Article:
Aggressive, but ceaseless in its functionality. The GT3 RS silhouette is an outstanding display of aerodynamics, cooling efficiency and lightweight design. Whether it be the large rear spoiler, front fender vents, or antagonistic front bumper, the GT3 RS is all about the showmanship, but with the attributes to back it up.
In my opinion, the GT3 RS looks the part and looks even better playing it – form and function, at the highest level.
Video Review Gallery
Here are some YouTube video reviews from some of my favorite car reviewers and auto personalities. All of them provide feedback from an “everyday guy” perspective – but aren’t afraid to thrash the car around a racetrack when given the opportunity – providing commentary that is both technical and easy to absorb.
First up is Matt Prior from Autocar, taking the GT3 RS through the paces in its natural habitat – the race track. He immediately notes that the GT3 RS is more than just a naturally aspirated GT2 RS – its 9,000 rpm redline, brilliantly balanced chassis and cohesive entirety giving the car its own unique merits.
Next, is a popular YouTuber and Autotrader reviewer, Doug DeMuro providing commentary on what he describes as “the craziest 911 of all time”.
It’s always important to see what an accomplished professional racer can do with a car like the GT3 RS on a race track. This Car TV video provides onboard footage of two-time World Rally champion Walter Rohrl as he completes a hot lap with meticulous precision, technique, and coolness.
Last but not least, is Porsche’s official onboard footage of driver Kevin Estre’s blistering 6:56.4 lap time achieved at the benchmark test of all road-approved sports cars – the Nürburgring Nordschleife.
Original Press Release
Born from Racing: The New 2019 Porsche 911 GT3 RS
World premiere of the most powerful naturally aspirated series-production 911 ever
The Porsche motorsport department is presenting Weissach’s latest treat at the Geneva Motor Show: the 2019 911 GT3 RS with a race-bred chassis and a high-revving four-liter, naturally aspirated engine producing 520 horsepower and 346 lb.-ft. of torque.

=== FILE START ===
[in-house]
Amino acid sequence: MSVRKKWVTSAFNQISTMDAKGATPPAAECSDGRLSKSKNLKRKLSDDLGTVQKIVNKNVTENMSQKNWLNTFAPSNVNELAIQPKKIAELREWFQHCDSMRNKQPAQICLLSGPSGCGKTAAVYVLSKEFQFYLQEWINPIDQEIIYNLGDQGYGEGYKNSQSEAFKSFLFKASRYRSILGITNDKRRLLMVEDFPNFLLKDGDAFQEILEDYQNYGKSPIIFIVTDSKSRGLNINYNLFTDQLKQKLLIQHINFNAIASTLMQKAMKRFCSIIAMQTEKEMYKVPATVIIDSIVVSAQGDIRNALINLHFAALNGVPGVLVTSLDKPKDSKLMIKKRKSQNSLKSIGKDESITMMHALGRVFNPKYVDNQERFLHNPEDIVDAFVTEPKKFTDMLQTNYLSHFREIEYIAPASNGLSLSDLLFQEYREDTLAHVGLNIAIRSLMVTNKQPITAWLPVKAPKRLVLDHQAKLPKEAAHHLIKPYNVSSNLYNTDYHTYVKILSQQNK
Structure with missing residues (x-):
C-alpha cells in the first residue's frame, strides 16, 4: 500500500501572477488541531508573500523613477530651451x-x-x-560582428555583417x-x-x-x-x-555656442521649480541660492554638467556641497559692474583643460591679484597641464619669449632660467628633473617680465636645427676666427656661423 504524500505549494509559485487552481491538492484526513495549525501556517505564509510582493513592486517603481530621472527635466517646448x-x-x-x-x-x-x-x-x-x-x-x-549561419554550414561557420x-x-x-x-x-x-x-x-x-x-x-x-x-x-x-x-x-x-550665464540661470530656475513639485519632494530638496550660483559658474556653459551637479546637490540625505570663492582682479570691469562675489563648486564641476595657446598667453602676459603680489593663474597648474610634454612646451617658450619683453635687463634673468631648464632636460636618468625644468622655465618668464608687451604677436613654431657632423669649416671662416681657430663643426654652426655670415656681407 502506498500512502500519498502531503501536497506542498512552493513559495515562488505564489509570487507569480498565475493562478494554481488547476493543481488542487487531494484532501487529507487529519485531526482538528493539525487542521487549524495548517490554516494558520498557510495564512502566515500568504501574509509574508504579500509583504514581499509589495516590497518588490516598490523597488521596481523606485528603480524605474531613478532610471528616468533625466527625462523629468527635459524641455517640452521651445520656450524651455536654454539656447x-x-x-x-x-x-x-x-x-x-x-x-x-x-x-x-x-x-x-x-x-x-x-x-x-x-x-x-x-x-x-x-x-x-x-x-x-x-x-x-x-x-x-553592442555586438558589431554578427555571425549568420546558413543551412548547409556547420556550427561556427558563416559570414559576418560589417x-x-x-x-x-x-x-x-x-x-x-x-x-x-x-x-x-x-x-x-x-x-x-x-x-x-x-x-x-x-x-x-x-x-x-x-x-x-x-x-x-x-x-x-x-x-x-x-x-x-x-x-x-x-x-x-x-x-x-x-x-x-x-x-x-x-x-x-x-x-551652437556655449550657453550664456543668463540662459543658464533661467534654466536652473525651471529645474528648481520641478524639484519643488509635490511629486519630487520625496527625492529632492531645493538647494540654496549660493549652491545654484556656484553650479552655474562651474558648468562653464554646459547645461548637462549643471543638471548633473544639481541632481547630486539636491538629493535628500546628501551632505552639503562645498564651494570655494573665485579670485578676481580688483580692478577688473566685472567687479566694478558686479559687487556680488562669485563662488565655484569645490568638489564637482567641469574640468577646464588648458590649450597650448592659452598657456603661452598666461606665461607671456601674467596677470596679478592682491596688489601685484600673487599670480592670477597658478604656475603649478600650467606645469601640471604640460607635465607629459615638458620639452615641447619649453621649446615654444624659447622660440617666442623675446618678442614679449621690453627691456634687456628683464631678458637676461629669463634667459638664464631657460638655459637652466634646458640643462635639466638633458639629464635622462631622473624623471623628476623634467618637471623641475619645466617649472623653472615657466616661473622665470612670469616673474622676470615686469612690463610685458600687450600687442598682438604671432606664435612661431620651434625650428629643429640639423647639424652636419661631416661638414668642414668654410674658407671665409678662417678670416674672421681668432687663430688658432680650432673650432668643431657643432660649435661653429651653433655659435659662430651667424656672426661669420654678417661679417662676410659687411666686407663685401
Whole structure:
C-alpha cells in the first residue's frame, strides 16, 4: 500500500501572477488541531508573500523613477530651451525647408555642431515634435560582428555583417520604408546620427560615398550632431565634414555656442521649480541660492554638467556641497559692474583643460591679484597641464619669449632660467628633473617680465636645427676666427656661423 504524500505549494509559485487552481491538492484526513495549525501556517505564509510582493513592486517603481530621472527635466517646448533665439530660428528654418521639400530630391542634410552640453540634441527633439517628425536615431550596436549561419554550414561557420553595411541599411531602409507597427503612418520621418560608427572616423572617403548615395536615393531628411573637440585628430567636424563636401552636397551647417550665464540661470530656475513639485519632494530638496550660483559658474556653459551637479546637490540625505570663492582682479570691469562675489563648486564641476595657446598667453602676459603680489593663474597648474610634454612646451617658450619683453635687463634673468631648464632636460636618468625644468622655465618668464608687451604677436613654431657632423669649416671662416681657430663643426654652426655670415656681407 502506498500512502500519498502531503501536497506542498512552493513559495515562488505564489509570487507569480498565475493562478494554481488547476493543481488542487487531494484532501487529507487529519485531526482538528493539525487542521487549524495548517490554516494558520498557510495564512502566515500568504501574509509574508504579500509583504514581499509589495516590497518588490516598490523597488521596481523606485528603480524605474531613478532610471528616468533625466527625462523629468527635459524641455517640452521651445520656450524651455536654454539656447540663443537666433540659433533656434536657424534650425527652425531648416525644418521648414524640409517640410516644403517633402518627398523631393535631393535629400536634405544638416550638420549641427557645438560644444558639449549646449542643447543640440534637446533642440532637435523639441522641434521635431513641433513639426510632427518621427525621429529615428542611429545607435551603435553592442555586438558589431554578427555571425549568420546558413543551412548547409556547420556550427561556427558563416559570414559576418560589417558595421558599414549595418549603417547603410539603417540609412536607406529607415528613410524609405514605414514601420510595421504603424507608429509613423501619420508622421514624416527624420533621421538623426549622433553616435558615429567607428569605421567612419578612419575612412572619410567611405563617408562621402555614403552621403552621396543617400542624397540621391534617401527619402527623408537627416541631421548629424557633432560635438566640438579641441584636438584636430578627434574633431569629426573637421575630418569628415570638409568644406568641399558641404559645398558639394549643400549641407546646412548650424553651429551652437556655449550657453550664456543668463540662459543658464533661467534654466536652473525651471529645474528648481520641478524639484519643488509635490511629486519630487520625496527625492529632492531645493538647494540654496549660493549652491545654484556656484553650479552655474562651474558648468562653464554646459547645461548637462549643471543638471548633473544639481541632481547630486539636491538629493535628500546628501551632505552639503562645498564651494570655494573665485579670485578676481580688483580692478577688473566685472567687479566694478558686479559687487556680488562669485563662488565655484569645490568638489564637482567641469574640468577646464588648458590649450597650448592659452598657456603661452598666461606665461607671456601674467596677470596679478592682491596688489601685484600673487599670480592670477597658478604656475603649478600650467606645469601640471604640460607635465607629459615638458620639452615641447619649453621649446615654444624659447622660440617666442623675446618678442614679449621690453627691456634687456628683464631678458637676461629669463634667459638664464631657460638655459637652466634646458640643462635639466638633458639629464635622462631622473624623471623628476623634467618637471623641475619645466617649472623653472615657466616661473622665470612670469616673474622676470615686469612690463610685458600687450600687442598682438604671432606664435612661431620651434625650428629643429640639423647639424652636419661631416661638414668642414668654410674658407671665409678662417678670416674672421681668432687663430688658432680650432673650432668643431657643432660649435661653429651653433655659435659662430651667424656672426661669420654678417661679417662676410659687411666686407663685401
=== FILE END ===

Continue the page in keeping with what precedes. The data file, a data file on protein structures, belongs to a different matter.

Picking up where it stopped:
Based on the 911 GT3, the RS has been refined even further, combining the most powerful naturally aspirated engine ever fitted to a road-legal 911 with a suspension that features recalibrated rear axle steering tuned for maximum dynamics and precision.
The new 911 GT3 RS accelerates from 0 to 60 mph in 3.0 seconds, which is 0.2 seconds quicker than the current 911 GT3 with PDK and 0.1 seconds quicker than the previous 911 GT3 RS. Top track speed of the 2019 911 GT3 RS is 193 mph. Following the launch of the 2018 911 GT3 and the 2018 911 GT2 RS, the new 911 GT3 RS represents the third road-legal GT model to be unveiled within a year.
Race-inspired aerodynamics and lightweight construction
Aerodynamics and lightweight construction have determined the design of the wide, weight-optimized body with its classic fixed rear wing. Like on the 2018 911 GT3, the front and rear fascia are made of lightweight polyurethane. Additionally, the front trunk lid and fenders on the 911 GT3 RS are made of carbon fiber and the roof consists of magnesium.
Like on the 2018 911 GT2 RS, NACA ducts in the front trunk lid optimize brake cooling without increasing drag. The front fascia features a spoiler lip that is larger than on the previous model, increasing downforce in conjunction with the larger side skirts. At the rear, the large wing mounted on the carbon fiber deck lid works in combination with a rear underbody diffuser. The result: The 2019 911 GT3 RS produces more than twice as much downforce as the regular 911 GT3 at 124 mph.
The race-inspired appearance continues in the interior: Full Bucket Seats with carbon fiber reinforced backrests provide a high degree of lateral support to suit the vehicle’s exceptional level of lateral grip. Lightweight glass for the rear window and rear side windows, lightweight door panels with door opening loops, reduced sound insulation, and the omission of rear seats emphasize the consistency of the material choices and the dedication to saving weight. The Alcantara steering wheel measuring 360 mm in diameter features a yellow 12 o’clock center marker.